-rwxr-xr-x 1 root root 279208 May 24 14:34 vmbus.ko{code}

9. The next step is to embed the drivers into LiveCD image. It is a good idea to embed R1Soft repository configuration too, so after booting from this customized LiveCD you can always install the latest version of CDP Server or Agent using {color:blue}yum{color}.

Copy the content of the CentOS LiveCD to the writable space. The content of LiveCD is in {color:blue}/mnt/live{color} directory:

{code}[root@livecd ~]# mkdir /usr/src/LiveCDwork
[root@livecd ~]# cd /mnt/live
[root@livecd live]# cp -R * /usr/src/LiveCDwork
[root@livecd live]# cd /usr/src/LiveCDwork{code}

10. Inside the {color:blue}LiveCDwork{color} you should see {color:blue}LiveOS{color} directory, and inside {color:blue}LiveOS{color} there is the {color:blue}squashfs{color} image file - {color:blue}squashfs.img{color}:

{code}[root@livecd LiveCDwork]# cd LiveOS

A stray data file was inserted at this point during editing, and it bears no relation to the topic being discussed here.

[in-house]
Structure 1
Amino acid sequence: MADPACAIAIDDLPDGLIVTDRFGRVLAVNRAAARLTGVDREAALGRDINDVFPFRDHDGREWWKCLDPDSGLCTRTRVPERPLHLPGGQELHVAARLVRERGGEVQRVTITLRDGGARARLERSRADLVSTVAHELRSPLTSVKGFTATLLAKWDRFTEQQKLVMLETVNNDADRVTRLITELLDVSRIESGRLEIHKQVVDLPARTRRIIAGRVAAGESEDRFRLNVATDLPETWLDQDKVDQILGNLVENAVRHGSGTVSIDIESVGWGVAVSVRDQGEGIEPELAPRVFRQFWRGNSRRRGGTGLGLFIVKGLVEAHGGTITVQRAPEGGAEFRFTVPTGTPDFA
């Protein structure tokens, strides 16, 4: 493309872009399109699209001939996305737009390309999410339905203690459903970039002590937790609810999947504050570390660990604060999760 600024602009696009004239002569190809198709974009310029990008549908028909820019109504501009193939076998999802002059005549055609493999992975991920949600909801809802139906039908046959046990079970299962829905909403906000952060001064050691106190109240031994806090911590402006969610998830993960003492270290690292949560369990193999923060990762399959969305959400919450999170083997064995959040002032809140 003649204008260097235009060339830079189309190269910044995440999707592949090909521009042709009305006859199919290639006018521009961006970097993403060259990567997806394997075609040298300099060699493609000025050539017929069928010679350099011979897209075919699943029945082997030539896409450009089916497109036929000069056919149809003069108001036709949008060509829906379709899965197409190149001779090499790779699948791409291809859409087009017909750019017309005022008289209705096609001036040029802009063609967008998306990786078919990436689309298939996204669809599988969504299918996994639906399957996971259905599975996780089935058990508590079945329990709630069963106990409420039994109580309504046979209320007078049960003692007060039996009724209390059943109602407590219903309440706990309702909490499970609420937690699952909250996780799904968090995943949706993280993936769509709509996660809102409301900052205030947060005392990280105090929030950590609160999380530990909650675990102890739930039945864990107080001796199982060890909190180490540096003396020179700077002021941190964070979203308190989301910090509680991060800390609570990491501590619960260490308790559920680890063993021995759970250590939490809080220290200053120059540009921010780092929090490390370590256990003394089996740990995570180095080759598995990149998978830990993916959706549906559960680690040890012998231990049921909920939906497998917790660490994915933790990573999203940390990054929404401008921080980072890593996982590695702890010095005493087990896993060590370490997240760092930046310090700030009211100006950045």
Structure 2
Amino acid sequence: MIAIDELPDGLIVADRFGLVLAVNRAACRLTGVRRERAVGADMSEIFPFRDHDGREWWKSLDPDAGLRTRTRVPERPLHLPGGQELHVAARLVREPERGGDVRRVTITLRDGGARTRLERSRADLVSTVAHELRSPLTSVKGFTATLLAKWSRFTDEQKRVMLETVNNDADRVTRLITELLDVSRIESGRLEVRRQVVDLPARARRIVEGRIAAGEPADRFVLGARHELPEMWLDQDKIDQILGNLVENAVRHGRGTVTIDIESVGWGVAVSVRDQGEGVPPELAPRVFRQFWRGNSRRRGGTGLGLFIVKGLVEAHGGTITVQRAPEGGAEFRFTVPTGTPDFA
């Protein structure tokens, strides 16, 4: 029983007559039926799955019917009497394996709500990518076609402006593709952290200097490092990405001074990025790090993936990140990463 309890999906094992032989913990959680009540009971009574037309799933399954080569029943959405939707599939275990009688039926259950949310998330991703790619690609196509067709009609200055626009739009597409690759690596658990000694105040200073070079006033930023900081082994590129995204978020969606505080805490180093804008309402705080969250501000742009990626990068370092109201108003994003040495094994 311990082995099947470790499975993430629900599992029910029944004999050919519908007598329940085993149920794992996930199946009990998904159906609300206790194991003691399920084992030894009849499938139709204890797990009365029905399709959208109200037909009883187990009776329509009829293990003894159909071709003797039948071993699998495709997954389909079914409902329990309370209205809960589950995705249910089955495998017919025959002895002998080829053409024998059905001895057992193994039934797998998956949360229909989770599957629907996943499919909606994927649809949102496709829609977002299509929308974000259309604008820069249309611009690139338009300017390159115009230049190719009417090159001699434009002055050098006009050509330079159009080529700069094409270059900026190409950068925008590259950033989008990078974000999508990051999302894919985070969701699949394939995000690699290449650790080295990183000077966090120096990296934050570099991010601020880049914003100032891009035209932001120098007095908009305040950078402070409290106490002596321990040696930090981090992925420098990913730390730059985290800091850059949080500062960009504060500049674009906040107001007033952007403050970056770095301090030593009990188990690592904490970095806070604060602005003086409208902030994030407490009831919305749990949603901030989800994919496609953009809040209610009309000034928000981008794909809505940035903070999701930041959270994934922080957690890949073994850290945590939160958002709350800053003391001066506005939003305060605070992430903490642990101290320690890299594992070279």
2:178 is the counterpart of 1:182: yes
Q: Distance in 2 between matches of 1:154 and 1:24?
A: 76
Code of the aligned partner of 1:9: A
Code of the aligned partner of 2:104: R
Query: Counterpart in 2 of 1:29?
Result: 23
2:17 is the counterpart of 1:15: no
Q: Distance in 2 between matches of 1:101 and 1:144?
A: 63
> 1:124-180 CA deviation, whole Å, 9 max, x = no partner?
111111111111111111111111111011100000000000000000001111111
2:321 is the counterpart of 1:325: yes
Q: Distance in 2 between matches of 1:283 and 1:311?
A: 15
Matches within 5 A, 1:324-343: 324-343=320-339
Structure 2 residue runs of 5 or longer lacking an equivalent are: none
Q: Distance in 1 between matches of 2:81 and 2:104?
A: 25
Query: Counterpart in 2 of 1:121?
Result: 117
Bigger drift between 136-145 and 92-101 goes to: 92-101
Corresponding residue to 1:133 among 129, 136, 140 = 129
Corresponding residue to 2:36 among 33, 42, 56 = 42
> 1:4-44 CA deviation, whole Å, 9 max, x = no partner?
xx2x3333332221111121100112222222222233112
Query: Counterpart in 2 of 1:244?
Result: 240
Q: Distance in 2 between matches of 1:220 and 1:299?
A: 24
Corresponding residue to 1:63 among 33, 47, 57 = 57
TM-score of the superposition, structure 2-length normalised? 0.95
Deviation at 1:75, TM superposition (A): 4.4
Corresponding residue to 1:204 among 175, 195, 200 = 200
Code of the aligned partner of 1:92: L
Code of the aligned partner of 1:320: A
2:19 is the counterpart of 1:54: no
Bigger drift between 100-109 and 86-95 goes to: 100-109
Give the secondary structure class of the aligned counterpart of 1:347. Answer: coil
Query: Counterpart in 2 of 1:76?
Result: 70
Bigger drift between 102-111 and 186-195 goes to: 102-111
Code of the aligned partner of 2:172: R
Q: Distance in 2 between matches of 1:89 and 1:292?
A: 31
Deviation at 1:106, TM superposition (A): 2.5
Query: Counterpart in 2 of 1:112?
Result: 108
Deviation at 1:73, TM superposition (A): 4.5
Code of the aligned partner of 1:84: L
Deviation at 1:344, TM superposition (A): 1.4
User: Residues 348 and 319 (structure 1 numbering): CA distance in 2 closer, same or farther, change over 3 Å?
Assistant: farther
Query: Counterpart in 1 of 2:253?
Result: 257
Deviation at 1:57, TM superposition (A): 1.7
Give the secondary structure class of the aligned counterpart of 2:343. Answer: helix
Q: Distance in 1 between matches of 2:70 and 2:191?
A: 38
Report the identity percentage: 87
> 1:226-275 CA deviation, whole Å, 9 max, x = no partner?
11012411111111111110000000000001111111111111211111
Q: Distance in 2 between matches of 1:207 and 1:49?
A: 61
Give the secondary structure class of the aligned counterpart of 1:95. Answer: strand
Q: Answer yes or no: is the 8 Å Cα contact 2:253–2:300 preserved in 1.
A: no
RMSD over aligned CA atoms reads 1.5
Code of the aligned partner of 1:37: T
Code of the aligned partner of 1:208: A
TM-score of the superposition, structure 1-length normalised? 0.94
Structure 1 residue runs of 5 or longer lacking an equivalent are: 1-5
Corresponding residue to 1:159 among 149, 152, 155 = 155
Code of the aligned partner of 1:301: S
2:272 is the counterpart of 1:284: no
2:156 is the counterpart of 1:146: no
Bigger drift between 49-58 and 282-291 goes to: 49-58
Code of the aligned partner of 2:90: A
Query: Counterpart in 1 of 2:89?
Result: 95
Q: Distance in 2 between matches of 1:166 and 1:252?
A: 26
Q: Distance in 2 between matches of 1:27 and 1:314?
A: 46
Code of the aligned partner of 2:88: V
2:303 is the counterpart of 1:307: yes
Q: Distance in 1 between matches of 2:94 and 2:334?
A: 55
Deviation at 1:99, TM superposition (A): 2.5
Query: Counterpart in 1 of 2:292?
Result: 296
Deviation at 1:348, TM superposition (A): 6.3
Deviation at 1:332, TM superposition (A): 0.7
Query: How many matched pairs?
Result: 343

[root@livecd LiveOS]# ls -al squashfs.img
-r-xr-xr-x 1 root root 719618048 May 24 14:13 squashfs.img{code}

11. You should unpack this {color:blue}squashfs{color} image using {color:blue}unsquashfs{color} command (it will create {color:blue}squashfs-root{color} directory):

{code}[root@livecd LiveOS]# unsquashfs squashfs.img
created 1 files
created 2 directories
created 0 symlinks
created 0 devices
created 0 fifos
[root@livecd LiveOS]# ls
livecd-iso-to-disk osmin.img squashfs.img squashfs-root TRANS.TBL
[root@livecd LiveOS]# cd squashfs-root
[root@livecd squashfs-root]# ls
[root@livecd squashfs-root]# cd LiveOS
[root@livecd LiveOS]# ls

12. Inside the {color:blue}squashfs-root{color} directory there is another {color:blue}LiveOS{color} directory, and inside this {color:blue}LiveOS{color} directory there is the {color:blue}ext3fs.img{color} file, that has to be modified. This file can be mounted read-write using the loopback device. Mount it and examine its content:

{code}[root@livecd LiveOS]# mkdir /mnt/ext3
[root@livecd LiveOS]# mount -o loop ext3fs.img /mnt/ext3
[root@livecd LiveOS]# ls /mnt/ext3
bin boot dev etc home lib lost+found media misc mnt opt proc root sbin selinux srv sys tmp usr var{code}